I have a special place in my heart for women who yearn to trust & express themselves with confidence & radiance, who light up whenever they see the intersection of art, psyche and spirit, are drawn to Hafiz & mystic poetry, into typing systems & self-knowledge systems like Enneagram, Archetypes, Astrology, Oracles & Tarot and whose attention is rapt when they read or listen to Ane Axford, Angeles Arrien, Caroline Casey, Sarah Peyton, Cynthia Winton-Henry, Phil Porter, Hafiz, Khalil Gibran, Carl Buchheit, Andrew Harvey and Francois Delsarte and who have well-worn copy of Women Who Run With the Wolves.

What can you do with this list?:

  • Put Them In Your Homepage or Bio: This list of influences (and, of course, we could ask the same question and have it be about documentaries, websites, blogs, podcasts etc.) could be shared on the About Me page of your website to help people get a sense of where you’re coming from (this is surprisingly effective at helping people figure out if you’re a fit or not). This gives people a sort of mosaic, at-a-glance view of your perspective. They can connect the dots. And, if they’re also into those particular influences, they will be leaning towards working with you.
  • Use Them To Find Hubs: You could also look at each and ask yourself, “Where might I find people who share my interests in these kinds of books?” This could reveal some hubs you’d not thought of before. Perhaps there are book clubs, MeetUp groups, or bookstores that focus on those particular themes.
  • Reach out to them directly: You might be surprised at how accessible certain influencers are. You might be able to foster a relationship with them. Perhaps you could interview them or they might interview you.
  • Use This List to Hone Your Point of View: Sit with this list and ask yourself, “What’s the perspective that these all share? What are the points of overlap? How do all of these authors see _____ issue that I agree with?”

Additional Resources:

Point of View Marketing – Tad Hargrave

The Marketing Mistake The Spice Store Made

Row of spice jars

A few weeks ago, I went to a spice store.

I didn’t need more spices. I needed a spice rack. I figured they might have one. Or know where to find one.

I walked in and asked a woman who worked there. 

She apologetically shook her head and told me they didn’t carry any racks and had no idea where I might find one in town beyond a local Home Depot. 

I was struck by the loss of the marketing opportunity.

Consider this: if you find a spice store and fall in love with it, you’ll be a customer for life. You don’t want to have to go through the work of finding a new one, you enjoy how knowledgable and passionate they are and you love that they know you by name. You trust these people when it comes to spices.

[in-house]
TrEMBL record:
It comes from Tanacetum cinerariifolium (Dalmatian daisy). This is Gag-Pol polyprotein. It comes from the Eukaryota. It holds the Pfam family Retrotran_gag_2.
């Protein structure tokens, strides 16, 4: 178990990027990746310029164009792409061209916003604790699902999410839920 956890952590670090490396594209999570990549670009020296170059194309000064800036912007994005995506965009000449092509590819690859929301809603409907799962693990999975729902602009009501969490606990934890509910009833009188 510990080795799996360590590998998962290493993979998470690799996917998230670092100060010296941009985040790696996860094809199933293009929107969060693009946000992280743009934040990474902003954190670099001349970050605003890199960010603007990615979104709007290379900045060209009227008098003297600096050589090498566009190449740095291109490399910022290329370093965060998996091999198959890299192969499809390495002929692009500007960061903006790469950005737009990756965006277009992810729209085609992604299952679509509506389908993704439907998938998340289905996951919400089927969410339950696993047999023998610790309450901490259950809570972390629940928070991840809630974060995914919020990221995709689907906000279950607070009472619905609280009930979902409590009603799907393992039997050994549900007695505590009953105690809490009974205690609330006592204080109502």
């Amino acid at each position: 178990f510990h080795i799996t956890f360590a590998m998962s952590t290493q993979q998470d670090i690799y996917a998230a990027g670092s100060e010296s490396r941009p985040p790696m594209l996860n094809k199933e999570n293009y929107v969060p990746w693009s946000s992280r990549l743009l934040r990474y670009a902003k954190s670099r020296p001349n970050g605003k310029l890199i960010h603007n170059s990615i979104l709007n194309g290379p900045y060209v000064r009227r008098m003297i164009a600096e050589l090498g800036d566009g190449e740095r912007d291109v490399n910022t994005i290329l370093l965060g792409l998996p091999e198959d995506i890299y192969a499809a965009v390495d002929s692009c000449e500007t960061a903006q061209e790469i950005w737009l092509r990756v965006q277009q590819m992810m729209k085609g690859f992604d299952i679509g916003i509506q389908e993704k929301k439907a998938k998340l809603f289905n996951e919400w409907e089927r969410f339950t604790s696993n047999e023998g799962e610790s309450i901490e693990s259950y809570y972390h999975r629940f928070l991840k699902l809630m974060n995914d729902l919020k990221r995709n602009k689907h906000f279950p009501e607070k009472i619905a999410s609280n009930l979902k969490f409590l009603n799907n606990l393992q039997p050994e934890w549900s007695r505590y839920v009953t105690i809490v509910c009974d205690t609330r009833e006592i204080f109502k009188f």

So, what if they did their research and found their ten favourite spice racks and made a little, in store catalogue to show people, or had those pages book marked on their computer or even stocked some and sold them directly to you for a small profit. And maybe they could tell you where in town to find them or where to order them online. Or they could order them for you.

I would have loved it if they’d said to me, “So you want on that hangs over the door? Okay. So there are ten basic models of these on the market. Five of them are worthless and fall apart instantly or their hooks don’t actually fit over regular size doors. Three of the remaining ones are pretty good but we’ve found two that everyone seems to be thrilled with. Why don’t I show you those?

They could make a video about this and put it on youtube and then, when customers asked about it, they could email them the link to look at.

And what if they found those places that sold them locally and befriended the staff so that, when people were looking for spice racks, they might be inclined to mention their store.

I recall a doula in Canmore, Angie Evans (who’s now in Regina), who got a surprising amount of business from referrals from the people who worked in the supplement section of Nutters (the organic grocery store in Canmore). She befriended them, told them what she did and then, when the staff would see people looking at prenatal vitamins or other products that indicated they were preparing for a child, the staff would often ask them if they were considering hiring a doula or midwife and if so who. If they were considering one but hadn’t decided yet, they would often suggest reach out to Angie.